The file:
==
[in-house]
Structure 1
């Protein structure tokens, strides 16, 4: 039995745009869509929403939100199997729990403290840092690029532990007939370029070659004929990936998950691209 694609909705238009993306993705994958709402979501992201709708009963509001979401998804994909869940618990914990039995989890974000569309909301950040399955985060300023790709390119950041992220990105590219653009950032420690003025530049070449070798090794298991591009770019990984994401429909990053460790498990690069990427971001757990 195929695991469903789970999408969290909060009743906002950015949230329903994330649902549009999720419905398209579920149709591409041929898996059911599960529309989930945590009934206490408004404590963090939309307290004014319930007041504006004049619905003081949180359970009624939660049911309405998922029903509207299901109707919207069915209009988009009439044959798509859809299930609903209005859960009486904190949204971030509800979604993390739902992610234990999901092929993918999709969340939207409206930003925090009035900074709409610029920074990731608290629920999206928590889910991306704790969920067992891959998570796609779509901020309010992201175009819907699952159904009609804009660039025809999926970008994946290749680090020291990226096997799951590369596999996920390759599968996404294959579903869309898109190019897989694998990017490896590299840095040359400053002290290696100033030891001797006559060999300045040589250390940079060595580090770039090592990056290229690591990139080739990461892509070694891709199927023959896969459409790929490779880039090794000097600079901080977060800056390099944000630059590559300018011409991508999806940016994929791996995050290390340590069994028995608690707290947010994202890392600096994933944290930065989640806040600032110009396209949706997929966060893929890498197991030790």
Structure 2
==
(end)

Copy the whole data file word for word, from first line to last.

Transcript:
[in-house]
Structure 1
């Protein structure tokens, strides 16, 4: 039995745009869509929403939100199997729990403290840092690029532990007939370029070659004929990936998950691209 694609909705238009993306993705994958709402979501992201709708009963509001979401998804994909869940618990914990039995989890974000569309909301950040399955985060300023790709390119950041992220990105590219653009950032420690003025530049070449070798090794298991591009770019990984994401429909990053460790498990690069990427971001757990 195929695991469903789970999408969290909060009743906002950015949230329903994330649902549009999720419905398209579920149709591409041929898996059911599960529309989930945590009934206490408004404590963090939309307290004014319930007041504006004049619905003081949180359970009624939660049911309405998922029903509207299901109707919207069915209009988009009439044959798509859809299930609903209005859960009486904190949204971030509800979604993390739902992610234990999901092929993918999709969340939207409206930003925090009035900074709409610029920074990731608290629920999206928590889910991306704790969920067992891959998570796609779509901020309010992201175009819907699952159904009609804009660039025809999926970008994946290749680090020291990226096997799951590369596999996920390759599968996404294959579903869309898109190019897989694998990017490896590299840095040359400053002290290696100033030891001797006559060999300045040589250390940079060595580090770039090592990056290229690591990139080739990461892509070694891709199927023959896969459409790929490779880039090794000097600079901080977060800056390099944000630059590559300018011409991508999806940016994929791996995050290390340590069994028995608690707290947010994202890392600096994933944290930065989640806040600032110009396209949706997929966060893929890498197991030790």
Structure 2